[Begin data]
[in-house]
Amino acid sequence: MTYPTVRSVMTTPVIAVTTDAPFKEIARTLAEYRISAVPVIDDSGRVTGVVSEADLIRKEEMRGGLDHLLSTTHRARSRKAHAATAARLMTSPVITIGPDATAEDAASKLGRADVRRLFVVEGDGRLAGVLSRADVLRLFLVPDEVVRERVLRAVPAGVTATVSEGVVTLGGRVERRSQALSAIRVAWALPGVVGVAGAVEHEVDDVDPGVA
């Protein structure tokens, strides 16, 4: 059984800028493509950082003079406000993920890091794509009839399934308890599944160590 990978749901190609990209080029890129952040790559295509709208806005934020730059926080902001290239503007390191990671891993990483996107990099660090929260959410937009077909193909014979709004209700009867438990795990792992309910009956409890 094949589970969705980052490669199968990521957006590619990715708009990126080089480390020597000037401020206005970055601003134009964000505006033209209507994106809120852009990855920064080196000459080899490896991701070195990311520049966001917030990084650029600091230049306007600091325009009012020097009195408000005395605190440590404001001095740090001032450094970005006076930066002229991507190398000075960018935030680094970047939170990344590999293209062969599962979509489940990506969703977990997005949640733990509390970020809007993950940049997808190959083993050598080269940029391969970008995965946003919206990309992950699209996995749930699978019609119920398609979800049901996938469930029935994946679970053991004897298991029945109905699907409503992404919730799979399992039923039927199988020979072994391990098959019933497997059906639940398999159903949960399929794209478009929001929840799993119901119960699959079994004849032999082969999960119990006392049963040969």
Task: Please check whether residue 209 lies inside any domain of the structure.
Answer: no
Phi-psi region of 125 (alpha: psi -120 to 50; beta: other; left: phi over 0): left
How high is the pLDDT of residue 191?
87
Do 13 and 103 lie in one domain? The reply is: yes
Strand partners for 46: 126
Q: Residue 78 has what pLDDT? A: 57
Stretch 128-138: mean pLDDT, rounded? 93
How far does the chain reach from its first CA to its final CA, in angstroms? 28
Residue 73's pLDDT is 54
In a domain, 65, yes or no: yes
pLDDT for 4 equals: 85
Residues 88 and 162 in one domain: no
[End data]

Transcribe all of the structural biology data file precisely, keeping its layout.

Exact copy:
[in-house]
Amino acid sequence: MTYPTVRSVMTTPVIAVTTDAPFKEIARTLAEYRISAVPVIDDSGRVTGVVSEADLIRKEEMRGGLDHLLSTTHRARSRKAHAATAARLMTSPVITIGPDATAEDAASKLGRADVRRLFVVEGDGRLAGVLSRADVLRLFLVPDEVVRERVLRAVPAGVTATVSEGVVTLGGRVERRSQALSAIRVAWALPGVVGVAGAVEHEVDDVDPGVA
């Protein structure tokens, strides 16, 4: 059984800028493509950082003079406000993920890091794509009839399934308890599944160590 990978749901190609990209080029890129952040790559295509709208806005934020730059926080902001290239503007390191990671891993990483996107990099660090929260959410937009077909193909014979709004209700009867438990795990792992309910009956409890 094949589970969705980052490669199968990521957006590619990715708009990126080089480390020597000037401020206005970055601003134009964000505006033209209507994106809120852009990855920064080196000459080899490896991701070195990311520049966001917030990084650029600091230049306007600091325009009012020097009195408000005395605190440590404001001095740090001032450094970005006076930066002229991507190398000075960018935030680094970047939170990344590999293209062969599962979509489940990506969703977990997005949640733990509390970020809007993950940049997808190959083993050598080269940029391969970008995965946003919206990309992950699209996995749930699978019609119920398609979800049901996938469930029935994946679970053991004897298991029945109905699907409503992404919730799979399992039923039927199988020979072994391990098959019933497997059906639940398999159903949960399929794209478009929001929840799993119901119960699959079994004849032999082969999960119990006392049963040969």
Task: Please check whether residue 209 lies inside any domain of the structure.
Answer: no
Phi-psi region of 125 (alpha: psi -120 to 50; beta: other; left: phi over 0): left
How high is the pLDDT of residue 191?
87
Do 13 and 103 lie in one domain? The reply is: yes
Strand partners for 46: 126
Q: Residue 78 has what pLDDT? A: 57
Stretch 128-138: mean pLDDT, rounded? 93
How far does the chain reach from its first CA to its final CA, in angstroms? 28
Residue 73's pLDDT is 54
In a domain, 65, yes or no: yes
pLDDT for 4 equals: 85
Residues 88 and 162 in one domain: no